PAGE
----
“I am going to graduate this year with a degree in finance. I’ll be new to the job market, and even though I know that the market is hardly in a good way right now, I want to think of my career and a life beyond the pandemic. A friend of mine who already works in the City warned me about pigeonholing myself and now I can’t get it out of my mind. She said that when graduates start work, they need to get into the right department because they’ll be expected to stay in the same field and department for the rest of their career. It just reminds me of my A levels where you had to make loads of big decisions really quickly. Please tell me this isn’t true!”
I’ve been hearing this concern about pigeonholing a lot from our candidates in recent years.
My question is: Who do you worry will do the pigeonholing? You, or your boss?
If it’s the latter, never forget that you are the master of your own destiny. You’re new to the world of work and, yes, from the outside it can look like you’ll have to move with the tides. But your boss is not making every decision about your career for you. You have the control to say no to a job if you don’t think it fits your interests, and you’re not locked into the first industry you enter for the rest of your life: we place lots of candidates who want to transition into different industries without any issue.
You can prevent pushing yourself into a corner by asking yourself this question: What do you want from your career?
Think of your career development as a journey. As with all journeys, it should have a place and time of departure, a mode of transportation, a few stopovers, and a destination. Your destination should be your long-term ambition, and your stopovers will be short-term goals to get there.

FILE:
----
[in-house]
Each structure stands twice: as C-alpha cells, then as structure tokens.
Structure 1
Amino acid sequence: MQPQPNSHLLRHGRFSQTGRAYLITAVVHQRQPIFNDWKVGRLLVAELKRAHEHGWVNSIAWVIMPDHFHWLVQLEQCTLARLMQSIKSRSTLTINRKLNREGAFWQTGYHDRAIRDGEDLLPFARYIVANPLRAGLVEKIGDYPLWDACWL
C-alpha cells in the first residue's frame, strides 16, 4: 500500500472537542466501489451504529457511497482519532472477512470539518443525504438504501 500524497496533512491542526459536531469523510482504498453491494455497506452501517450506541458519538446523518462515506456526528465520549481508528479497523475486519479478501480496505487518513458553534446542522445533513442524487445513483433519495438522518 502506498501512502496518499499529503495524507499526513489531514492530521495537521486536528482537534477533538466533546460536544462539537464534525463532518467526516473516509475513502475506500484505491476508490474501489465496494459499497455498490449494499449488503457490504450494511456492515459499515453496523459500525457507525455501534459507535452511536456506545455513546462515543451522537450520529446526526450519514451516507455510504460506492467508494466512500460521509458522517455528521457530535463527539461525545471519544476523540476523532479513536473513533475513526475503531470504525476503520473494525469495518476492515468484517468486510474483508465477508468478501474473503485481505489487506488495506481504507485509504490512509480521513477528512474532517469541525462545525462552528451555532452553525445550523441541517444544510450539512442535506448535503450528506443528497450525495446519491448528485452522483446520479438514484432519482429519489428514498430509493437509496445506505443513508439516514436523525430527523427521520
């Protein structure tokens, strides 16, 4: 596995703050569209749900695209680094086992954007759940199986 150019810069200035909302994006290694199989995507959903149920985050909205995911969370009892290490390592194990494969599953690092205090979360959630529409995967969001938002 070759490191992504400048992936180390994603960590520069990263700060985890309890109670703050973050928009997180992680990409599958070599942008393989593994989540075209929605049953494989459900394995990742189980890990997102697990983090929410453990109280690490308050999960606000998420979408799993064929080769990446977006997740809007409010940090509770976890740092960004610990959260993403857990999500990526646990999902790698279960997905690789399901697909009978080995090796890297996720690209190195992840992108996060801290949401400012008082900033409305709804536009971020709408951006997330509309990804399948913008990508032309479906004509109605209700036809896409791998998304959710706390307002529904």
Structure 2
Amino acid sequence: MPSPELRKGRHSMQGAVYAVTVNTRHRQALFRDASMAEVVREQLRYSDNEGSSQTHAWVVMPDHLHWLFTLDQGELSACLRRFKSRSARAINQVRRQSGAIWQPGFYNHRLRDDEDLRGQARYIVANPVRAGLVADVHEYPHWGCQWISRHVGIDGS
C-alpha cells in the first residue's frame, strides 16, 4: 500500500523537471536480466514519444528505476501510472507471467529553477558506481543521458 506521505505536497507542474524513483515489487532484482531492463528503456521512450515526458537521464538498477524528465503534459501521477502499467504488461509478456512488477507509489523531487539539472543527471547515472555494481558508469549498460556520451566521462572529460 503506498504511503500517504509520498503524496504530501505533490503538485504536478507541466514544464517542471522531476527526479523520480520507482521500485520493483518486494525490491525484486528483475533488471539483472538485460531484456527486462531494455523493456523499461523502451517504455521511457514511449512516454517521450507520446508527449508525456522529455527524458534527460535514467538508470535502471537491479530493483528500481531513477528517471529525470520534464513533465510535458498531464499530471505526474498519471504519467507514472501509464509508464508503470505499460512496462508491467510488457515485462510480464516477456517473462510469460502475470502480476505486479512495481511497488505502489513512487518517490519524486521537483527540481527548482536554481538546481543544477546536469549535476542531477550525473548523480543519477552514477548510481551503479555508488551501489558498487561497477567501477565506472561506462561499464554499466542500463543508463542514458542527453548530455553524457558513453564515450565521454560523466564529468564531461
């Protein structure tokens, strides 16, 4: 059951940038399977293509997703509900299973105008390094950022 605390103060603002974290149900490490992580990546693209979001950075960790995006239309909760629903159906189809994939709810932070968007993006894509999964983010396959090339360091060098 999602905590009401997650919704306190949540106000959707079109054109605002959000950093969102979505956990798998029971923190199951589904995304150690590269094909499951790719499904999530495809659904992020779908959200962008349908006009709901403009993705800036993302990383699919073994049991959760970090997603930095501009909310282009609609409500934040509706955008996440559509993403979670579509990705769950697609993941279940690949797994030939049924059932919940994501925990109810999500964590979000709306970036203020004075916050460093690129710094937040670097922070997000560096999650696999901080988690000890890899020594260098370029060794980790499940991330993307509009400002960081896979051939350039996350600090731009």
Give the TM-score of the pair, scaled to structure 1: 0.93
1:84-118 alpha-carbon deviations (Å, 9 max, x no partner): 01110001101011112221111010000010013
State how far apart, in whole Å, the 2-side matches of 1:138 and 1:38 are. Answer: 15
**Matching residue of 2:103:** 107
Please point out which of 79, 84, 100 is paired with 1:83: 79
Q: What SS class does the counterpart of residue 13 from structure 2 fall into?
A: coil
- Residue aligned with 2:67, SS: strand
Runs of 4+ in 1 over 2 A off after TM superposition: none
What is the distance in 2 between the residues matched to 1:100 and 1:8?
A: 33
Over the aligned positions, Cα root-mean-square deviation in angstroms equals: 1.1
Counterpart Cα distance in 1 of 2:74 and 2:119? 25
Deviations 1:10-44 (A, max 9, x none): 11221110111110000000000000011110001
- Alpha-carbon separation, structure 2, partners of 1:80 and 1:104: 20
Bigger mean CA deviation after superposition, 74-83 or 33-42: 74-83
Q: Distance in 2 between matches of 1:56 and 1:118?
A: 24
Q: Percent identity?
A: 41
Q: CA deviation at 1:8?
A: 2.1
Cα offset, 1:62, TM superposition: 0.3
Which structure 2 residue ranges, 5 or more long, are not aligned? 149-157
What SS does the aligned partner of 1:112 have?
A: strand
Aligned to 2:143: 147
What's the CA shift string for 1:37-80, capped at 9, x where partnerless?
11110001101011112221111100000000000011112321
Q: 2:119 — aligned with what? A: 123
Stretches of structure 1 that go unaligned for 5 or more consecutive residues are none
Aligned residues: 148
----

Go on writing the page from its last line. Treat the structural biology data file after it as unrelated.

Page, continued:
Don’t dwell too much about the details of your destination. As with travelling, sometimes you’ll need to take detours, and you might find your destination looks different to the way you had imagined it.
Then, consider your strengths. What are you good at right now? This will become your ‘mode of transportation’. Your ‘departure’ will be your first job. Entry-level positions in the City are a sensible place to start, as they help you to get to grips with the industry. In the stock market, for instance, many of those captains of industry started out as blue buttons (runners) on the stock exchange, working in the telex room, or as messengers and secretaries. Use the role as an opportunity to build relationships and become privy to the ways of business.
Generally, the move from generalist to specialist – and this might be the pigeonholing you refer to – comes more naturally over a career. If you’re conscious of this happening too soon and you don’t know exactly where you see yourself in the years to come, try networking across the company. Think about how different departments could work together. In an early-career role you won’t have the power to get your ideas off the ground, but your passion and drive to see the big picture of the company will help you to work out how everything is connected and where you could see yourself in the future.
You mentioned your frustrations when you were choosing your A levels. I understand how difficult it is to make such decisions. But how much have those choices really impacted your life? Unless you want to be a doctor, it’s unlikely you’ll have to follow a career based on your academic commitments at the age of 16.
You’re afraid of being pigeonholed in a job, before you have had a job. If you want to break free of this fear and build your career, then it’s time to get strategic. With the right route in place, you’ll have a much better chance of reaching a destination you love.
— Emily Aldrich
We want to hear from university graduates who are serious about a career in the City. If you’re looking for guidance on entry routes to a career in finance, contact us today to find out how we can help your career.